JT sent us an email with a whole slew of business-related questions. We're going to take her questions in stages, starting with one about business cards. (Don't forget -- you can email us at edittorrent@ gmail dot com with questions, or just post them in the comments.)
So, let's start with the basic proposition that writers don't use business cards the same way that, for example, an attorney or salesman would use them. In those professions, business cards are used to try to connect with new clients. Basic contact information is included, maybe a logo, and that's it. The professional hands out hundreds of cards over the course of a year. Every new encounter is a chance for a new business connection.
Authors can use business cards in the same way to promote new releases or backlist. Wherever you go, you meet potential new fans, and passing out a little reminder in the form of a business card is probably a cheap and easy way to promote your books. Bookmarks might be a bit more friendly, but it won't hurt to have business cards with your pen name and releases listed, your website url, your twitter or facebook profiles, and that sort of thing. You can select graphics that build your brand, and you can use the front and back side of the card to include more graphics or blurbs.
But you wouldn't want to hand out your phone number to strangers in the checkout line, would you? So in that case, you might leave off some of your contact information, just for privacy's sake.
And in that case, the card won't do you much good at an industry conference. When you're at a conference and you hand your card to an agent or editor, we want it to have contact information. In fact, it's the main thing we want, plus something that will help us remember you when we're thinking back over the hundreds of people we met. I frequently jot notes on the backs of business cards indicating where I met the author, who introduced us, hair color, details of the conversation, anything that might trigger my memory when I pick up the card later.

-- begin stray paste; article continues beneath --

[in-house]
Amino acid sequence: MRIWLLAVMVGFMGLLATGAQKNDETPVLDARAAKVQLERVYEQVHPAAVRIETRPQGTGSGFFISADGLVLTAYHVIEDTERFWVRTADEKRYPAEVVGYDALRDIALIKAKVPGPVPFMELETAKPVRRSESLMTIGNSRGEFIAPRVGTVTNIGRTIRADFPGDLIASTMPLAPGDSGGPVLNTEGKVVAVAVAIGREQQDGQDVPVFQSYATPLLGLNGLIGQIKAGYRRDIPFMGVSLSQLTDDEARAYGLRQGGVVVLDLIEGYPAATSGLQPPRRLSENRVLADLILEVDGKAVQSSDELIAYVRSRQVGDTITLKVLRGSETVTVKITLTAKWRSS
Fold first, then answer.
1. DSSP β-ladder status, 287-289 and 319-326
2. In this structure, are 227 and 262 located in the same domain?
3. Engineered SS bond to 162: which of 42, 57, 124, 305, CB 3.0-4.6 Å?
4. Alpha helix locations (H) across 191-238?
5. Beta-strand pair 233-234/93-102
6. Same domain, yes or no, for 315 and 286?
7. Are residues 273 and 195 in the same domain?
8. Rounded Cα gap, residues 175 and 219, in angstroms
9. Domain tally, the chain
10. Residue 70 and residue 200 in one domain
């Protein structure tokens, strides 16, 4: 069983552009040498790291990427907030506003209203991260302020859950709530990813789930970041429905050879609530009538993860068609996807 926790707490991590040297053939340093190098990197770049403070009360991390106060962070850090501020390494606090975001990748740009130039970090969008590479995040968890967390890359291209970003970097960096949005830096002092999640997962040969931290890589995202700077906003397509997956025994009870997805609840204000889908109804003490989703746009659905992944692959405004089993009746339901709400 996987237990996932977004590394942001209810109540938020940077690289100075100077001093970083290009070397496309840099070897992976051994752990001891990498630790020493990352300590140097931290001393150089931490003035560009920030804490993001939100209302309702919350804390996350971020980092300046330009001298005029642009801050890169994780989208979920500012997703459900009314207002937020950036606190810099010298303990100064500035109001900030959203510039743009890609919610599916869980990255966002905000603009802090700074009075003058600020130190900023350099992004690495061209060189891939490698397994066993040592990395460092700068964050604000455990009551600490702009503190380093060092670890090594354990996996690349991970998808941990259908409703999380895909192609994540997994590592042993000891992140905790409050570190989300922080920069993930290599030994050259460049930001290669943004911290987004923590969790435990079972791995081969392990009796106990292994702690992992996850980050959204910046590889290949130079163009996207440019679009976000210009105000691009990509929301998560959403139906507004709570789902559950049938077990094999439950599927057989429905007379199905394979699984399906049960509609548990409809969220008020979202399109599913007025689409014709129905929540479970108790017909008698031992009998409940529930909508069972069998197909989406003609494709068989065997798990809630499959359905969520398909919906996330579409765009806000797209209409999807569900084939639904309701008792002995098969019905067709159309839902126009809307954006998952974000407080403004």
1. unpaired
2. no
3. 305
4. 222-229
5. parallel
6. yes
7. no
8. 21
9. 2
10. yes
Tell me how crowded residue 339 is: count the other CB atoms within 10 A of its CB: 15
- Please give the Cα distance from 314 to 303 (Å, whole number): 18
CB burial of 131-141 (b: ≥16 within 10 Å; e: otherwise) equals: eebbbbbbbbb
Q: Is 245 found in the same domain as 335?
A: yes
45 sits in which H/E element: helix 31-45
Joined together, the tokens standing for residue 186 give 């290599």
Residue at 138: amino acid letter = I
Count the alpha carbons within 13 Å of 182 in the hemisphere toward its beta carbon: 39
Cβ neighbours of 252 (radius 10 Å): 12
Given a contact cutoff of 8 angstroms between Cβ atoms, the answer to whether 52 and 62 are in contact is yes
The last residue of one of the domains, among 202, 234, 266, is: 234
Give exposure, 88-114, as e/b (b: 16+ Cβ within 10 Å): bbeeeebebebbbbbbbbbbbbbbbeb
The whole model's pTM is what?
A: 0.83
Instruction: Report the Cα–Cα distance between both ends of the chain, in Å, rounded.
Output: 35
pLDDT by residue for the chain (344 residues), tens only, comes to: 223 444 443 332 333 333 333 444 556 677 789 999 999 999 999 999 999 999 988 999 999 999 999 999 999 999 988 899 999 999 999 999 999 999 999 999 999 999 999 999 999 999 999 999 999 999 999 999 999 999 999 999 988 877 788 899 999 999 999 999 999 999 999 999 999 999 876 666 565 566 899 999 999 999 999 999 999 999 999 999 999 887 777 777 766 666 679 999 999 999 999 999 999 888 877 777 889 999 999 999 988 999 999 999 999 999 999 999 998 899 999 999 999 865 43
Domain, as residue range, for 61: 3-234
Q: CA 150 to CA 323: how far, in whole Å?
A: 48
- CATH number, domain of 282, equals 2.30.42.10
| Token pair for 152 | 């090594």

Notice that I do actually make use of these cards. I know some folks will toss them after the conference, but I tend to keep them. Not always, though. The ones I toss are the ones from casual encounters (not pitches or other formal meetings) where there was no place for me to write my notes. The card may be beautiful, with glossy roses and swirly text and stars and rainbows and all good things. But if it doesn't help me remember my particular encounter with the author, it's not serving my purpose.
A very smart author once came into a pitch and handed me a very ordinary business card together with a fancy bookmark with all her book covers on it. That impressed me right out of the starting gate. It told me she understood the difference between promoting herself to readers and interacting with other professionals. I was able to use the card to make my notes, and you better believe that one of my notes was about her pretty bookmark.
Another author handed me a somewhat fancier card with her log line pitch pre-printed on the back. This was during a pitch, and that approach made a lot of sense. But outside of a pitching environment, it might not be as effective. And the logistics are a bit confounding. How many pitch cards do you have printed? Do you still get regular cards, too, or just go with bookmarks? I don't know the answers to those questions, but perhaps Team Comments will have better insights.
Another author once handed me a postcard with her book cover and jacket copy on it, and as we were talking, she peeled a sticker off a label sheet and affixed it to the card. The label had her contact information. I thought that was clever, and I'm surprised more people don't do something like that. It let her get around the problem of whether to get different kinds of business cards printed, or whether to spend her money on promotional items or cards or both.
That said, I appreciate business cards more than bookmarks or postcards, mainly because they're easier for me to index and store. I have a plastic case for them. They're alphabetized for search purposes, though I run into problems sometimes with the whole pen name/real name thing. I'm bad with names to begin with, and it's a new fresh hell to have to remember two names for everyone. Please consider putting all your various names on your cards. This won't help me with my indexing system, but it will help me connect your names and brands to the person I met in the bar.
Another helpful thing -- put something like Author or Freelance Writer or something on your card. I keep my author cards in a separate place from all the cards for typesetters, e-book designers, web designers, freelance editors, cover artists, SEO specialists, publicists, booksellers, distributor reps, printers, and all the other non-author business types I encounter. I don't care what job title you assign yourself, though my weird personal quirk is that I tend to read "Author" as someone already published and "Writer" as someone at the beginning of their career. I don't know if this is universal, but I doubt it. And I have no idea where I absorbed that particular distinction.
So that's my take on author business cards. If you have particular questions or tips, please do post them in the comments.